Welcome to the Great Escapes Virtual Book Tour for A Study In Chocolate by Amber Royer!
About A Study In Chocolate:
Felicity Koerber’s bean to bar chocolate shop on Galveston’s historic Strand is expanding, as it has become a gathering spot for the community, despite having been the scene of multiple murders. Artists she met while doing a chocolate sculpture are now working out of the shop. So when Felicity is invited to tea by an eccentric art collector, she’s intrigued, especially when she gets asked to pose for a portrait done with chocolate on chocolate. Only, where there is a murder the next day at the same historic house where the tea was held, one of Felicity’s artist friends becomes the main suspect.
When the killer threatens that, unless Felicity unravels the murder, one of her two love interests will be the next victim, she finds herself unwittingly at the center of a puzzle, with a Sherlock Holmes obsessed murderer who wants to be the next Moriarty – and wants to cast Felicity as Sherlock.
Felicity starts finding unexpected connects between her friends and acquaintances, and has to deal with the idea that someone who knows her is a murderer. At the same time, she has to keep her business running, despite construction dust and unruly customers – and an unexpected order for thousands of truffles.
Satchmo the retired police dog turned therapy dog returns to help her sniff out a few clues, and the kidnapping of Ruffles, the quirky artist’s cat, helps lead Felicity into the puzzle. Can Felicity solve it in time to protect the people she cares about from becoming additional victims?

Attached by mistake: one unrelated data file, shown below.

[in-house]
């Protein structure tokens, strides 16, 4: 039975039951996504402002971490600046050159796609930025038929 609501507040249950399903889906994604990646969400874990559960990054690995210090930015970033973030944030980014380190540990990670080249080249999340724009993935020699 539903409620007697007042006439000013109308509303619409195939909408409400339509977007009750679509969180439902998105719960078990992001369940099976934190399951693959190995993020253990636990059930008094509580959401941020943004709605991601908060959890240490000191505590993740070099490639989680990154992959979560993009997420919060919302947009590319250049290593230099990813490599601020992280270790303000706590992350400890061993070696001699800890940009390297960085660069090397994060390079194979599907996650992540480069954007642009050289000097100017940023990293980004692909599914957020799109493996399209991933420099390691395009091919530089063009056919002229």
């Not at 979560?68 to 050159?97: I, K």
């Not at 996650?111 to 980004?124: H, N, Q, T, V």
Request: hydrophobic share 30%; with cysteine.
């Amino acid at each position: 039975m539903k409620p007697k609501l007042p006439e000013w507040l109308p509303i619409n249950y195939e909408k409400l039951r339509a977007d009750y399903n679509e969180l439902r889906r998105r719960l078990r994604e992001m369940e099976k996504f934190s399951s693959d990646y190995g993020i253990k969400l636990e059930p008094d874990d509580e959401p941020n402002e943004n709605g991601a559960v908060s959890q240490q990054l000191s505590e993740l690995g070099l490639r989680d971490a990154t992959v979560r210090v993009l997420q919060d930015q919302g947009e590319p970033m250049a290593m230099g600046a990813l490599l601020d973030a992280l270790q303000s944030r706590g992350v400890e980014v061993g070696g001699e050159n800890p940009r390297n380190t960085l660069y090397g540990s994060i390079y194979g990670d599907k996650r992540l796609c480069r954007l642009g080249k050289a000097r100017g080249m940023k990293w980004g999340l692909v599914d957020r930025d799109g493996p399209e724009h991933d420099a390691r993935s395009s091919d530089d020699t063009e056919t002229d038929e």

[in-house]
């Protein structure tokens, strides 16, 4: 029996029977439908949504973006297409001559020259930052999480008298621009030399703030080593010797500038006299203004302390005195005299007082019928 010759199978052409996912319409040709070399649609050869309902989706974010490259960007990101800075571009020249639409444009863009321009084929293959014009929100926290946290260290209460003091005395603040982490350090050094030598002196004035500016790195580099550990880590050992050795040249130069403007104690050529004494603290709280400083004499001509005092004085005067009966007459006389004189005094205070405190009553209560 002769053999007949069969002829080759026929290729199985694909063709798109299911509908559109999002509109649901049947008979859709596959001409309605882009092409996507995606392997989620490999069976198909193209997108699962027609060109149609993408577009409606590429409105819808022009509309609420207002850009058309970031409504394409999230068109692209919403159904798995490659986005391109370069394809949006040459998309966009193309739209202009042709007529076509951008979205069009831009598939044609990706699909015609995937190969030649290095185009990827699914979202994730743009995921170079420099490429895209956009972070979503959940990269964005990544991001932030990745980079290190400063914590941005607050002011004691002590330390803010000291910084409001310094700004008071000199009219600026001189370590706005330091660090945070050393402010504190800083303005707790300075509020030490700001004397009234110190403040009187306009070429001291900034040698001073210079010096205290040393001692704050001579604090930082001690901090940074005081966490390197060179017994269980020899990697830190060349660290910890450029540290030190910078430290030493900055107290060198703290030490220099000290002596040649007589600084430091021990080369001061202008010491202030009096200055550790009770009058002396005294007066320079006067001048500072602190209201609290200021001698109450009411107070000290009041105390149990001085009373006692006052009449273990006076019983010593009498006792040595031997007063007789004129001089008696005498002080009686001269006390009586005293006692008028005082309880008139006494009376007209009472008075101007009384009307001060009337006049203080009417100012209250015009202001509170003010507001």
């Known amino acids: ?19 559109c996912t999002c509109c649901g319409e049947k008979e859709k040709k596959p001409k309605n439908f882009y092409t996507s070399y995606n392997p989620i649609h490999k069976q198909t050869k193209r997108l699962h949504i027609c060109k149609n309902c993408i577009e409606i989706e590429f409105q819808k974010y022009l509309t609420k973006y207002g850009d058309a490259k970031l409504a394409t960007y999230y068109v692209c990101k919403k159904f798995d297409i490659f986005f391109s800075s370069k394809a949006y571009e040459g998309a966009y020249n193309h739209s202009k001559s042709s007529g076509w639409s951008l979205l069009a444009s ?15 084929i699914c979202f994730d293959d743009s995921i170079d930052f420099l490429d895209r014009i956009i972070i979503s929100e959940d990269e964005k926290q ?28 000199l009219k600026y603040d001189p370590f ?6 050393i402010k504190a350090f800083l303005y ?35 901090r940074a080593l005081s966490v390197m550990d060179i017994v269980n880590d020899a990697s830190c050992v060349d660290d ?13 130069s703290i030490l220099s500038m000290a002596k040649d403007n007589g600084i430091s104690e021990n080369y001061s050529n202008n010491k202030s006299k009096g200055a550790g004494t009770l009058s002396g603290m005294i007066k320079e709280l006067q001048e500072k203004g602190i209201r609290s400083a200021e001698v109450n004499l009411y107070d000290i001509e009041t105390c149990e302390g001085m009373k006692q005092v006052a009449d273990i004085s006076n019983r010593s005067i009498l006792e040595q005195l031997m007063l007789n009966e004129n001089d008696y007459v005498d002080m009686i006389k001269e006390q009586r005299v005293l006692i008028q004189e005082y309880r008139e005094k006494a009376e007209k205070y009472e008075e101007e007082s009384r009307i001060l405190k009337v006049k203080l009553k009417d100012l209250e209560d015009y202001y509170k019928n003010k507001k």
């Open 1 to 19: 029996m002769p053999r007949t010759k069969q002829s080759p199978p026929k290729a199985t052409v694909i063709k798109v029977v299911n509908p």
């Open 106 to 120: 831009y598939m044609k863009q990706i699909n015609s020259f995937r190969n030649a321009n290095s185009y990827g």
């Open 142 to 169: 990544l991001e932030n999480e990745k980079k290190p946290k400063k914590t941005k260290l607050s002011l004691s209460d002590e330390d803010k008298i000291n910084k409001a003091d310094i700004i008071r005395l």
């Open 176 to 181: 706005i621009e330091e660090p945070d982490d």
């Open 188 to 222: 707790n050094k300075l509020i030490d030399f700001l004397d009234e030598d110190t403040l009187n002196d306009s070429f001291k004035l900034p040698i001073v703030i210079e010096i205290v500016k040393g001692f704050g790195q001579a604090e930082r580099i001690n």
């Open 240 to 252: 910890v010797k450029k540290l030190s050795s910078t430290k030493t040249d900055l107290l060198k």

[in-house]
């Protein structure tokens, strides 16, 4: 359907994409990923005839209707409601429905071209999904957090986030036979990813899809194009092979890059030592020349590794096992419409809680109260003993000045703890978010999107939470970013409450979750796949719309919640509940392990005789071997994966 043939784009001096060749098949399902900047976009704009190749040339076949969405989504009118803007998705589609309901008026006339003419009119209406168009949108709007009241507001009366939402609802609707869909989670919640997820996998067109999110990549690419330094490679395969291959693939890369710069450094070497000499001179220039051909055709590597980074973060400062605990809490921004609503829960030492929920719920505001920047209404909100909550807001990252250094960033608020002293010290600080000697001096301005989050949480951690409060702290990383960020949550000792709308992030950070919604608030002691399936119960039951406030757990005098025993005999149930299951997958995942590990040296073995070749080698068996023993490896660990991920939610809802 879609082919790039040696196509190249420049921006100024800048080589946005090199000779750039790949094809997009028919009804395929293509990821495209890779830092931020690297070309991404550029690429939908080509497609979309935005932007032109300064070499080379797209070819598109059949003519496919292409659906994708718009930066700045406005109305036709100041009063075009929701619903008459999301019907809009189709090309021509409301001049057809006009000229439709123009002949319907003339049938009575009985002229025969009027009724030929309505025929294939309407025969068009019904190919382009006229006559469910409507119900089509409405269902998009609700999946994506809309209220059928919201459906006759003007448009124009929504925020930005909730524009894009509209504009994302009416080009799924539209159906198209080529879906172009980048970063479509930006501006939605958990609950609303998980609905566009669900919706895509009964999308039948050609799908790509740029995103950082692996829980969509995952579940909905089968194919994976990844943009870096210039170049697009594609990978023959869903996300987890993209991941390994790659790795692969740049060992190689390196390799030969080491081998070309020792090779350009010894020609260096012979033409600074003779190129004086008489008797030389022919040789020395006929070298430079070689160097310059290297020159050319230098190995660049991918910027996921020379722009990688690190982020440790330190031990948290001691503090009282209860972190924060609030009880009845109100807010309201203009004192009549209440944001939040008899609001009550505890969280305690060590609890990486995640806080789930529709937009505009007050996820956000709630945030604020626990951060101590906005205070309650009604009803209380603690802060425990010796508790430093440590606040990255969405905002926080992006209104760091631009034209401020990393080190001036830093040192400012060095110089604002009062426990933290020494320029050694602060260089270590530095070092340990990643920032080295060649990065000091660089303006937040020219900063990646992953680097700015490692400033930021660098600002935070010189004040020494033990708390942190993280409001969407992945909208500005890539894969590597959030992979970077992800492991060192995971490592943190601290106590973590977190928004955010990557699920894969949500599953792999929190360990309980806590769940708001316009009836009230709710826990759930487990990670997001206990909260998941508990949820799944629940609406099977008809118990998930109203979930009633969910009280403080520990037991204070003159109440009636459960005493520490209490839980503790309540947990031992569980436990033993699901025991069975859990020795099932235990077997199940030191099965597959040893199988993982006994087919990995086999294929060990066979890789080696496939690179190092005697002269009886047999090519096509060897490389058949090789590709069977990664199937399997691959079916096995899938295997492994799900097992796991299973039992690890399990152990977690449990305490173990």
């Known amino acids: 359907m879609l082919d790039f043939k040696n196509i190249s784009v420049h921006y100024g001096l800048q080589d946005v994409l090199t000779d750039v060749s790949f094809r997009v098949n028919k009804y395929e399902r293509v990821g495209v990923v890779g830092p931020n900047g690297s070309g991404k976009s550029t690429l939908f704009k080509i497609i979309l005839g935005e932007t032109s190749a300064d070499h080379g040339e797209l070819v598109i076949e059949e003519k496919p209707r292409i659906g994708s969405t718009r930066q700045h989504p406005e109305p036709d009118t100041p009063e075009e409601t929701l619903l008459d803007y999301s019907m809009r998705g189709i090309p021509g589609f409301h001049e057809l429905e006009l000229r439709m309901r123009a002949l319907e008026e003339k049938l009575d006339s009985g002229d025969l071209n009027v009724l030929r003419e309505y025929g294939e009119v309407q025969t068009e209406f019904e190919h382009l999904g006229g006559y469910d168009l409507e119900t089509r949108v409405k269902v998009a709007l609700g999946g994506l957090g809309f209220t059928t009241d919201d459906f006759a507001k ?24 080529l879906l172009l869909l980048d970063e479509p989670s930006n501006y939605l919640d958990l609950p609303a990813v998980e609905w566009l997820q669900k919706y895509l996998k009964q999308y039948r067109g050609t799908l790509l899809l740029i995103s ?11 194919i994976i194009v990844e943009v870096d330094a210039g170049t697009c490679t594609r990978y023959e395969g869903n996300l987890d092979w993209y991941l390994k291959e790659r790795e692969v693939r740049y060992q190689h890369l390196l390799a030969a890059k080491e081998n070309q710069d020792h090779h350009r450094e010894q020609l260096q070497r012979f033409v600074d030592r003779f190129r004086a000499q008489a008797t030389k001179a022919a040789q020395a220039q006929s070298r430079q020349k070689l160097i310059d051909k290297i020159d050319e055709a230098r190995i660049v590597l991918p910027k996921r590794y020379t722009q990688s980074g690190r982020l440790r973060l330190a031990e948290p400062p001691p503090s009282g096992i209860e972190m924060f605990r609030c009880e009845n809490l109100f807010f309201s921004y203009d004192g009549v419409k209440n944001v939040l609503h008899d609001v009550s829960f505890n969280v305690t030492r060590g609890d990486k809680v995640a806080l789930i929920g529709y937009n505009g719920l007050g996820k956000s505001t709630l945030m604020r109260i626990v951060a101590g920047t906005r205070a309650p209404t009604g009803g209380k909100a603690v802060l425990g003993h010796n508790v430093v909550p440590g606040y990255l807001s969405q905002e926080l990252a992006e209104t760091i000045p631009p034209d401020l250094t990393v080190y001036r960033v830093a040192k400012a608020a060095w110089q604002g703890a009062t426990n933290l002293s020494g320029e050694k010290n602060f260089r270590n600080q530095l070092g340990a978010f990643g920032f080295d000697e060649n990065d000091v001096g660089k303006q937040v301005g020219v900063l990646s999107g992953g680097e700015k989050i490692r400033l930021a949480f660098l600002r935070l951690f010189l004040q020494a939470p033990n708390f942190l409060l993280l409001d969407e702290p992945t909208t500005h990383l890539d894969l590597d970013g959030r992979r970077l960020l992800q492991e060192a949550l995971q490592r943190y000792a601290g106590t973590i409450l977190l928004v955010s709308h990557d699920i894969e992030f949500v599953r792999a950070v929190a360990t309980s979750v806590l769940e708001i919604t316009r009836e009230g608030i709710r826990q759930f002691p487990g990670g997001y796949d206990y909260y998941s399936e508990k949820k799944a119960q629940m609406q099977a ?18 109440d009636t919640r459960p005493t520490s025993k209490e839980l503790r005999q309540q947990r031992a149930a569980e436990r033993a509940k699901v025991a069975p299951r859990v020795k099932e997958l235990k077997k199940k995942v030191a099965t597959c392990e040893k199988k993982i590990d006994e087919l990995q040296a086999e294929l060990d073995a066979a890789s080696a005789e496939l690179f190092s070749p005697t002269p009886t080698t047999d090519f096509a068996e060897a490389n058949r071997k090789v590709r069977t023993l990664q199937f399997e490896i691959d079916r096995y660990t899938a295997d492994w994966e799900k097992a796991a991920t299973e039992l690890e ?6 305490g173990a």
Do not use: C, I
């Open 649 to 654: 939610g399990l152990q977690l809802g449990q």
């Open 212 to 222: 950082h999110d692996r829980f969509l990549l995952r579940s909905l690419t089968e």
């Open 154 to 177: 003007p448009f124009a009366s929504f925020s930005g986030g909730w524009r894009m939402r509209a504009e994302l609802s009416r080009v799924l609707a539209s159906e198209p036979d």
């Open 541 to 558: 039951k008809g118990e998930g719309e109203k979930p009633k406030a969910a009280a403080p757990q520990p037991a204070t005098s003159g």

You can find A Study in Chocolate (and the rest of the Bean to Bar Mysteries) on: Goodreads, Bookbub, Amazon, StoryGraph, Bookshop.org
A Study in Chocolate Guest Post from Amber Royer
I love playing with tropes from different types of stories inside my cozy mysteries. The new release in my Bean to Bar Mysteries, A Study in Chocolate, has my craft chocolate maker Felicity discovering the art of painting on chocolate. Felicity enters the world of art more solidly in this book (in a previous one, she was commissioned to make a chocolate sculpture). This time, she even discovers she has a favorite painter, when she previously thought she didn’t care enough to find one. Because of that, it felt right to add in a few art forgery/art heist tropes more usually found in other types of mysteries.
Adding in those kinds of elements made it a balancing act to keep the book a cozy, without letting another genre take over. To do that, I kept the murder-solving front and center. Felicity goes to a tea party hosted by a famous art collector. He asks her to figure out who has been threatening him. Felicity says she can’t protect him – she’s not even officially a detective. Only – the next day, he winds up dead. She feels guilty for not being able to talk him into going to the authorities, or hiring someone else. So she goes outside her comfort zone to figure out what happened to him—and learns more about people she thought she knew in the process.